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Bilabial

What do the sounds at the beginning of pat, bat, and mat have in common? They are all produced with closed lips. Sounds that involve the lips are called bilabial sounds. There are ten distinct bilabial consonants in the International Phonetic Alphabet (IPA). These include bilabial plosives, fricatives, trills, and others. The different manners of articulation present in the bilabial consonant category allow for this single place of articulation to define differences in meaning.

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Bilabial

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What do the sounds at the beginning of pat, bat, and mat have in common? They are all produced with closed lips. Sounds that involve the lips are called bilabial sounds. There are ten distinct bilabial consonants in the International Phonetic Alphabet (IPA). These include bilabial plosives, fricatives, trills, and others. The different manners of articulation present in the bilabial consonant category allow for this single place of articulation to define differences in meaning.

What is the Meaning of Bilabial Sounds?

Bilabial translates to two-lips, meaning that bilabial sounds involve both lips. This can be a full or partial closure between the lips.

Bilabial: sounds that involve a constriction at the lips.

Bilabial sounds are a type of consonant sound that is produced using both lips. In phonetics, they are classified as plosives, nasals, or approximants depending on how the sound is produced. Sounds with a bilabial constriction include bilabial consonants and rounded vowels.

Rounded vowels include vowels like [u] as in boot and [o] as in boat. If you say boo, you can feel that your lips are tightly rounded and pushed forward. The other rounded vowels are [y, ʉ, ʊ, ø, ɵ, œ, ɞ, ɔ, ɶ, ɒ].

Bilabial consonants can occur with just about any manner of articulation. The only exception is lateral consonants, which must involve a constriction with the tongue. Here's a summary of the bilabial consonants.

Bilabial Sound Transcription
IPA TranscriptionPhonetic Transcription
pvoiceless bilabial plosive
bvoiced bilabial plosive
mbilabial nasal
ʙbilabial trill
ɸvoiceless bilabial fricative
βvoiced bilabial fricative
ʍvoiceless labial velar approximant
wvoiced labial velar approximant
ʘbilabial click
ɓvoiced bilabial implosive

Some bilabial sounds, like the voiceless bilabial nasal and voiceless bilabial trill, can appear in languages but do not have a unique IPA symbol. These sounds are marked with diacritics: symbols written above or below IPA symbols to indicate a change in articulation. The voiceless bilabial trill, for example, is written as the voiced bilabial trill with the voiceless diacritic: [ʙ̥].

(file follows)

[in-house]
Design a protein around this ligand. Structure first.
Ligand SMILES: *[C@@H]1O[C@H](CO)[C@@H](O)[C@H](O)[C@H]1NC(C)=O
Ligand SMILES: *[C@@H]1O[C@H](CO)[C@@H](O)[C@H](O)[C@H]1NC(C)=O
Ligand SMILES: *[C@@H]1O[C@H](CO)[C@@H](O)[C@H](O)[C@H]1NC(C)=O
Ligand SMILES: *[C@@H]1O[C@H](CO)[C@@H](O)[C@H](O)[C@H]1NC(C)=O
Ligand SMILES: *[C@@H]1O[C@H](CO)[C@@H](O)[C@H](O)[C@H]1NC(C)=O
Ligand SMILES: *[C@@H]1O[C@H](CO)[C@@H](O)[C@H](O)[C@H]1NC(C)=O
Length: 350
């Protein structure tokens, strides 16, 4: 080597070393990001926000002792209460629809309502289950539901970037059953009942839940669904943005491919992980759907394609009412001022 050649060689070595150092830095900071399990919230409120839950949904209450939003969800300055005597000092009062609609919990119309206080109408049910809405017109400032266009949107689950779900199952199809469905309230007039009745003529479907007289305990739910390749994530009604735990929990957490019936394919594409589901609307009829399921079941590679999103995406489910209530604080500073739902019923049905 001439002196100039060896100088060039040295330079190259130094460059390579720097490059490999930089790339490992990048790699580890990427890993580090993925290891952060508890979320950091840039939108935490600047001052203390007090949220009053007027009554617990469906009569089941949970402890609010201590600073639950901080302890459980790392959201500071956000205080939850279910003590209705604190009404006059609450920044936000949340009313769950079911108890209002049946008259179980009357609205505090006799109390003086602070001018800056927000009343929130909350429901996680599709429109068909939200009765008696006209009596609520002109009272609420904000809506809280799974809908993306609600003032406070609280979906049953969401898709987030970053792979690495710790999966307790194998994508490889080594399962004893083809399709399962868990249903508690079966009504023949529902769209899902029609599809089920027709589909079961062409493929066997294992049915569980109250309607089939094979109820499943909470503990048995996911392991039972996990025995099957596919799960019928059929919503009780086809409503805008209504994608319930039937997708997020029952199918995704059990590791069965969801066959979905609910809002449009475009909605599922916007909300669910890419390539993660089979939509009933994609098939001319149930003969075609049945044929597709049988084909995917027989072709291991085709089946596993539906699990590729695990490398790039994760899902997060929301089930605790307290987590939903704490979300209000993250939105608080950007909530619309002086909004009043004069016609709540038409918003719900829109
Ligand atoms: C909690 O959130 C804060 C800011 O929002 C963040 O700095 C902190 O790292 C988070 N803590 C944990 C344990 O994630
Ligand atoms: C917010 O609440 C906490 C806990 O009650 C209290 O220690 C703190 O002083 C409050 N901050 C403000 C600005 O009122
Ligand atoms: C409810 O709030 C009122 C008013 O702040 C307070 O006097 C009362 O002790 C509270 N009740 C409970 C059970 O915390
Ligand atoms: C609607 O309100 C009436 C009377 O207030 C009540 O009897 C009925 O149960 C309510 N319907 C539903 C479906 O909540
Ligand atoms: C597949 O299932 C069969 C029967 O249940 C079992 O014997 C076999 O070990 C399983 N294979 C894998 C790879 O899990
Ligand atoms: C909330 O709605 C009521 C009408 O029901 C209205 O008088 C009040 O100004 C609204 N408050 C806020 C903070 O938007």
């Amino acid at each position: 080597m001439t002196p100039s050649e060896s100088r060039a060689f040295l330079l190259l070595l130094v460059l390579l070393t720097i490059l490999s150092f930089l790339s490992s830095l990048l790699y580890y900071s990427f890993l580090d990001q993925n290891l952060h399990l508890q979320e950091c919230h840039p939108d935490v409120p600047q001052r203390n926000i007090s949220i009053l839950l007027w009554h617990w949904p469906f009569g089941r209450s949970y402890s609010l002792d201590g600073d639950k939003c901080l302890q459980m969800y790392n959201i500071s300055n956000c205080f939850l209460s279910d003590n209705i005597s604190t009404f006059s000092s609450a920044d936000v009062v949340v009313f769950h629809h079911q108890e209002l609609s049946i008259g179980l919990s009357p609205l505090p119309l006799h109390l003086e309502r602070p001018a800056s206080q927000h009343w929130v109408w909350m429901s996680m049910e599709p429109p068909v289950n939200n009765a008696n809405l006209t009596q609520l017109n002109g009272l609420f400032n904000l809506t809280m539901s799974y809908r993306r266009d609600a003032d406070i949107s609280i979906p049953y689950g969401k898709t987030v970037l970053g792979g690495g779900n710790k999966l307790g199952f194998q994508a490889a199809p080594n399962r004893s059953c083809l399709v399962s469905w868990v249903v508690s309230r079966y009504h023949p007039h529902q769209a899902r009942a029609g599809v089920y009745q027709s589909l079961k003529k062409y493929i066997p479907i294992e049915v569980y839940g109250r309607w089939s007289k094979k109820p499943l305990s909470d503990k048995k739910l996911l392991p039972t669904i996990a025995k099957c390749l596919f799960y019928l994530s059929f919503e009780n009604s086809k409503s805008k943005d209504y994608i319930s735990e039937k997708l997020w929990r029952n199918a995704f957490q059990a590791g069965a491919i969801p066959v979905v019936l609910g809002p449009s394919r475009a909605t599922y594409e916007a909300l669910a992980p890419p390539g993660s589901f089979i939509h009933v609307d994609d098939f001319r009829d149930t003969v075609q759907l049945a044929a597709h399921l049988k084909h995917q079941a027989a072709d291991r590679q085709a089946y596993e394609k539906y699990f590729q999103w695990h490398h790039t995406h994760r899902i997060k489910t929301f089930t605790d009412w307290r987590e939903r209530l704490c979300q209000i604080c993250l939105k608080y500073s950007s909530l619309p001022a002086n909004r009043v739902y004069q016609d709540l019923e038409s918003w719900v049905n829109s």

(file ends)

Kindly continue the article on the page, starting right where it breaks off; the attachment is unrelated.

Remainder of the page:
There are four bilabial consonant phonemes (a meaningful speech sound) in English: bilabial plosives [p] and [b], bilabial nasal [m], and voiced labial velar approximant [w].

Bilabial Plosive

The bilabial plosives are the [p] and [b] sounds; these sounds are very common in the world's languages. These sounds are also referred to as bilabial stops because they briefly stop the flow of air through the mouth.

When you produce a voiceless bilabial plosive [p], as in petal or apple, you completely close the lips for a short period. During the closure, you push air out of the lungs, increasing the air pressure inside the mouth. This creates an imbalance in air pressure just like the bilabial click; this time, though, the air pressure in the mouth is higher than the air pressure outside the mouth. When you release the closure, the air bursts out of the mouth to equalize the pressure. This whole process happens in a matter of milliseconds!

The voiced bilabial plosive [b], as in bench or bubble, follows the same process with one exception. During or immediately after the release of the closure, the vocal folds start vibrating, resulting in voicing.

To tell if a sound is voiced, place your hand on the front of your neck and produce the sound. If you feel a "buzzing" vibration, the sound is voiced!

Bilabial Fricative

You may not immediately recognize the voiceless bilabial fricative [ɸ] because it's not a phoneme in English. You probably produce this sound fairly often, though. When you blow out a candle, you produce a voiceless bilabial fricative. The voiced bilabial fricative [β] is produced the same way with the addition of vocal fold vibration.

Bilabial, Blowing out a candle with a bilabial fricative, StudySmarter

Fig. 1 - You use a voiceless bilabial fricative to blow out a candle.

Acoustically speaking, a bilabial fricative is a turbulent stream of airflow through a narrow constriction at the lips. When you produce a bilabial fricative, you create a very narrow passage at the lips and force air quickly through it. The result is the "fuzzy," static-like sound of a bilabial fricative.

Bilabial Trill

The bilabial trill [ʙ] is a rather fun bilabial consonant. You might be familiar with the concept of "rolling your Rs," as this is taught to Spanish learners. The rolled r in the Spanish word perro is called an alveolar trill.